Health inspectors have forced New York City restaurants to post letter grades for cleanliness and some haven’t fared so well. Now it appears a few college cafeterias are also failing to make the grade.
The cafeteria at Pace’s Downtown Campus is used by 90% of students. But until a few weeks ago, they were not very happy with it.
“Students would just see dirty clothes on some of the workers, it was just not a place you would want to come and eat,” said Lance Pacheco, the Student Government President, in an on-camera interview with Art McFarland, Education Reporter for Eyewitness News on WABC-TV Channel 7 in New York City.
A Health Department inspection led to a one-day shutdown of the cafeteria, followed by a student protest.
“People were shocked, it just blew up on Facebook. Some people said they were not surprised, others said they were surprised,” said Michael Wellbrock, a Pace student.
A new grade for the Pace cafeteria is still pending. But, there was a complete management change, after the shutdown. “It is a very different place now,” Pacheco said. “Things that were not there with the other company are there now,” Wellbrock said.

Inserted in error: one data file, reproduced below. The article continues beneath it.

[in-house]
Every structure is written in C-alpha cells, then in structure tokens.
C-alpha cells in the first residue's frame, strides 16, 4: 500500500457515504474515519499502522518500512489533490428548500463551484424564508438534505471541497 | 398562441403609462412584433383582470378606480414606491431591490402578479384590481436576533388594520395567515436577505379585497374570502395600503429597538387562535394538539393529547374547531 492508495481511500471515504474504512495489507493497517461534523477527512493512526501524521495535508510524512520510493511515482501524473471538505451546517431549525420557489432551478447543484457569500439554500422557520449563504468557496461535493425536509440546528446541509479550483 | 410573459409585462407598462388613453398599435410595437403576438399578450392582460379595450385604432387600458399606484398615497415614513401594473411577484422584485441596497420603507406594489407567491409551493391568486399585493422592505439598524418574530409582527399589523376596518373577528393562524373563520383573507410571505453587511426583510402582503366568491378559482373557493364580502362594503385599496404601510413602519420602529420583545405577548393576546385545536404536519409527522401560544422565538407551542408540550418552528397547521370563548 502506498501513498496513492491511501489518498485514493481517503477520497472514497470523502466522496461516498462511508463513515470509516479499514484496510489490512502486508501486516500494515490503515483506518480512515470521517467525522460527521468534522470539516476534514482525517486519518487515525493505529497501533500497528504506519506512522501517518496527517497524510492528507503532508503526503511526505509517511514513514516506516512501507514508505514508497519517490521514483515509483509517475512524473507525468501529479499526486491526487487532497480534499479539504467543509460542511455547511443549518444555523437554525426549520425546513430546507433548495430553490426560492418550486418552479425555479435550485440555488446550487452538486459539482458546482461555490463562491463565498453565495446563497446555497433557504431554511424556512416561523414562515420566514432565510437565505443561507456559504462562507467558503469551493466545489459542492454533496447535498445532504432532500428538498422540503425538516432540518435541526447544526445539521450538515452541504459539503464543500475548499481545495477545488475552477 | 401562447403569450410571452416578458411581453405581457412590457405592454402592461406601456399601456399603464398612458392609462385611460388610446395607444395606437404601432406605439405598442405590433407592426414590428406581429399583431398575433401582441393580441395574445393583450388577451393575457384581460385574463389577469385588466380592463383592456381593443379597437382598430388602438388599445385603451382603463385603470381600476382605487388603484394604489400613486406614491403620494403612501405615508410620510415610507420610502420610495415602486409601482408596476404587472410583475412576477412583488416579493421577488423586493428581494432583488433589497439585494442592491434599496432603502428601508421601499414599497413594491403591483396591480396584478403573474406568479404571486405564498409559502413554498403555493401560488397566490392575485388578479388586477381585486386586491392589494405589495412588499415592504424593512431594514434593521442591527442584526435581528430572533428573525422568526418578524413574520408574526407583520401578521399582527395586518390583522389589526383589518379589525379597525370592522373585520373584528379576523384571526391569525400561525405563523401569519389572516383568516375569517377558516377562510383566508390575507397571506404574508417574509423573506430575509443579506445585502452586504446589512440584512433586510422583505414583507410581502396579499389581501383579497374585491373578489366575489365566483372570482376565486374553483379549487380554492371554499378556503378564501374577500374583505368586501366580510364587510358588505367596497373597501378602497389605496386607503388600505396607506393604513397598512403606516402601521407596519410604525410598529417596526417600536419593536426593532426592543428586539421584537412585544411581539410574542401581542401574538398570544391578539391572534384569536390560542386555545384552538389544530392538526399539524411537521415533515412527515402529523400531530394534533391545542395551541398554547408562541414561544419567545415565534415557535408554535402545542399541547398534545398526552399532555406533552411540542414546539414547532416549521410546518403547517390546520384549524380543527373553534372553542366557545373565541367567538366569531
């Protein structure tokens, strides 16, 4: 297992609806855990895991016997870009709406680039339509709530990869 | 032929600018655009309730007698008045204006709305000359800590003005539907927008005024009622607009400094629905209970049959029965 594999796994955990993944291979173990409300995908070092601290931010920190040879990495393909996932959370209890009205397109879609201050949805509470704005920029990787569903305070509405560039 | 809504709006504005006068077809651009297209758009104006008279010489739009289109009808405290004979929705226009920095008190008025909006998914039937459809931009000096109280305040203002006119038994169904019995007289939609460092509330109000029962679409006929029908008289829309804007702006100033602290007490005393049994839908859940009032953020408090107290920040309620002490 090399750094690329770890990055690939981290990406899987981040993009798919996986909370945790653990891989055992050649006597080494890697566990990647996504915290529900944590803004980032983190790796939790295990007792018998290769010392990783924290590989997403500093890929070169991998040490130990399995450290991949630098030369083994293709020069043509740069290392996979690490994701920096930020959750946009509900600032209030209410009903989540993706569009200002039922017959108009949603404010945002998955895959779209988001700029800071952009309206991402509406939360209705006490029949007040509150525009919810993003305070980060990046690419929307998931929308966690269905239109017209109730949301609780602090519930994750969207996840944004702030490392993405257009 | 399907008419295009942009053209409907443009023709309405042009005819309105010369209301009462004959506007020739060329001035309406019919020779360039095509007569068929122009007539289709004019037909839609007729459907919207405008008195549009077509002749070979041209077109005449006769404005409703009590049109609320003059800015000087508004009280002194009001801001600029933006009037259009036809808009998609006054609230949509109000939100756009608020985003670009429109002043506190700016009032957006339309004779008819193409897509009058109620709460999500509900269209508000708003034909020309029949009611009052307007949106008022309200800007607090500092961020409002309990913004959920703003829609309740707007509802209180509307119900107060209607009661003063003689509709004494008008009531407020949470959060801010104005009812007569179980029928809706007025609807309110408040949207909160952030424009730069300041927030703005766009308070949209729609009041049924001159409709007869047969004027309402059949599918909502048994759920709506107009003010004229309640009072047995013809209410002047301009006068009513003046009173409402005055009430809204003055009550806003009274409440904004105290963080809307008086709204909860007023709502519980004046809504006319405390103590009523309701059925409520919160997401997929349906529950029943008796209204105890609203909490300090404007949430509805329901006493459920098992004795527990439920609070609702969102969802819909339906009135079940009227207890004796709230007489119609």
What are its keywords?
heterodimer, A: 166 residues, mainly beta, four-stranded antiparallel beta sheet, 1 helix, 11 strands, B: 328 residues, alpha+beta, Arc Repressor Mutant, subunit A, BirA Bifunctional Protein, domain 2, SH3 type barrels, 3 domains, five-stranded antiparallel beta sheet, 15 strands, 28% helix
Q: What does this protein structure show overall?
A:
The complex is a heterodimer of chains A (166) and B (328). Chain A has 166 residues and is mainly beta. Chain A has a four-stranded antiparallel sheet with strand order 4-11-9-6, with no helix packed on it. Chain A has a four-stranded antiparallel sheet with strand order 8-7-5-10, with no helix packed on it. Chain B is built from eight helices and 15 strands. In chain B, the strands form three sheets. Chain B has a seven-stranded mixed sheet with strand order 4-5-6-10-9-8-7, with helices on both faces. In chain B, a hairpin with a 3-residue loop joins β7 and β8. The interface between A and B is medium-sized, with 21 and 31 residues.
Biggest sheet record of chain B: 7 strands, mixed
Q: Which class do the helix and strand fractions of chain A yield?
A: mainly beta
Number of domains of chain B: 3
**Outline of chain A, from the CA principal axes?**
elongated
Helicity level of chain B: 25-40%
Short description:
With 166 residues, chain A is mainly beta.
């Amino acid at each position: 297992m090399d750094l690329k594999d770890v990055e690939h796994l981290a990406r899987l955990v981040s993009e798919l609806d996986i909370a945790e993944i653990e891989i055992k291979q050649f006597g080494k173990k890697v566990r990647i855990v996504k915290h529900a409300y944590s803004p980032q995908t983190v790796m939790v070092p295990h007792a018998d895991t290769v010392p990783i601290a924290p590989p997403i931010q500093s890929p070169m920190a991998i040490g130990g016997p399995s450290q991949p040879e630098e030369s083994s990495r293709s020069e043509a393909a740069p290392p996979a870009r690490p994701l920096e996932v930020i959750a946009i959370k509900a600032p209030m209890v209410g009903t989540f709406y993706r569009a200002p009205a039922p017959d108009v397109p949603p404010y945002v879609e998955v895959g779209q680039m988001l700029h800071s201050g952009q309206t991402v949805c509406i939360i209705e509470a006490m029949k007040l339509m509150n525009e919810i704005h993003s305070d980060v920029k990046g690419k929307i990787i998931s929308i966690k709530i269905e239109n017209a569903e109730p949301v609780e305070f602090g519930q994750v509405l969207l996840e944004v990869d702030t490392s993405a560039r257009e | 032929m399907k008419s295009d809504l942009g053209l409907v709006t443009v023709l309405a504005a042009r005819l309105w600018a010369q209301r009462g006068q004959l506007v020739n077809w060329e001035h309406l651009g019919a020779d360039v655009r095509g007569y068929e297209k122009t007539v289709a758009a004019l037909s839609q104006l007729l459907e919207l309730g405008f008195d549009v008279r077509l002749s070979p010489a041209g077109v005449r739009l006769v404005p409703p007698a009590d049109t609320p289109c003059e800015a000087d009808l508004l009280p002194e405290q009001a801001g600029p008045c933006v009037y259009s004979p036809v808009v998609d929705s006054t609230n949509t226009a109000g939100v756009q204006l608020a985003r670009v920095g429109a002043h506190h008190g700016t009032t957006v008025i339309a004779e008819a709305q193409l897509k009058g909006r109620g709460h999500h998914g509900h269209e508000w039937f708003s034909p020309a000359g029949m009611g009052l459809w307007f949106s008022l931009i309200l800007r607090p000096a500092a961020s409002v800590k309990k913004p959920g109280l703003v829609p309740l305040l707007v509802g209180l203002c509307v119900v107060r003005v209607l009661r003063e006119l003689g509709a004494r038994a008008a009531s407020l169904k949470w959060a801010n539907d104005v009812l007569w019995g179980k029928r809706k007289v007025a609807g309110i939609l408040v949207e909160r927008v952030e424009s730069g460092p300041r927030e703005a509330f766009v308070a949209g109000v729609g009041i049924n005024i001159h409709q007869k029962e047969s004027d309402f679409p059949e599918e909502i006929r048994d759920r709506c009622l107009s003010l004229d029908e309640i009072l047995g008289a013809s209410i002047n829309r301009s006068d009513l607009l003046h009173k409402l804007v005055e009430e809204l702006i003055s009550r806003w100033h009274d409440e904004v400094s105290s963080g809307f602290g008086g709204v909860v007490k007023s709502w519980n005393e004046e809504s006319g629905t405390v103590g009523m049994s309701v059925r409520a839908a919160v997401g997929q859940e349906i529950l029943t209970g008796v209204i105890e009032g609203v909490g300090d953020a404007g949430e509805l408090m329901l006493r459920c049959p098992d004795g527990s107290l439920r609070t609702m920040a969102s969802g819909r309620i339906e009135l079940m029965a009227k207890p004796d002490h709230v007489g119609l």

The Health Department says it is pleased that the standards and transparency of its food service grading system can lead to positive results.
In New York City, where health inspectors have begun requiring restaurants and some food services to post letter grades for cleanliness, students have a new reason to gripe: bad report cards. It is unclear whether health inspectors are citing more violations because of the rating system they introduced last summer, or whether conditions in campus kitchens have taken a slide.
At Pace, an inspection of the main cafeteria on March 24 resulted in 79 violation points and the city’s decision to shut it. City inspectors found soiled wiping cloths and inadequate provision for hand-washing, as well as cold and hot food held at unsafe temperatures.
After the cafeteria reopened the next day, students organized a boycott and laid out demands for a new food provider. Within days, the university’s president and top administrators appeared at a town-hall-style meeting, assuring students that a new operator had been brought in temporarily and that they could help choose a permanent replacement.
“I was actually shocked at how well they responded,” Lance M. Pacheco, executive president of the student government association, told The New York Times.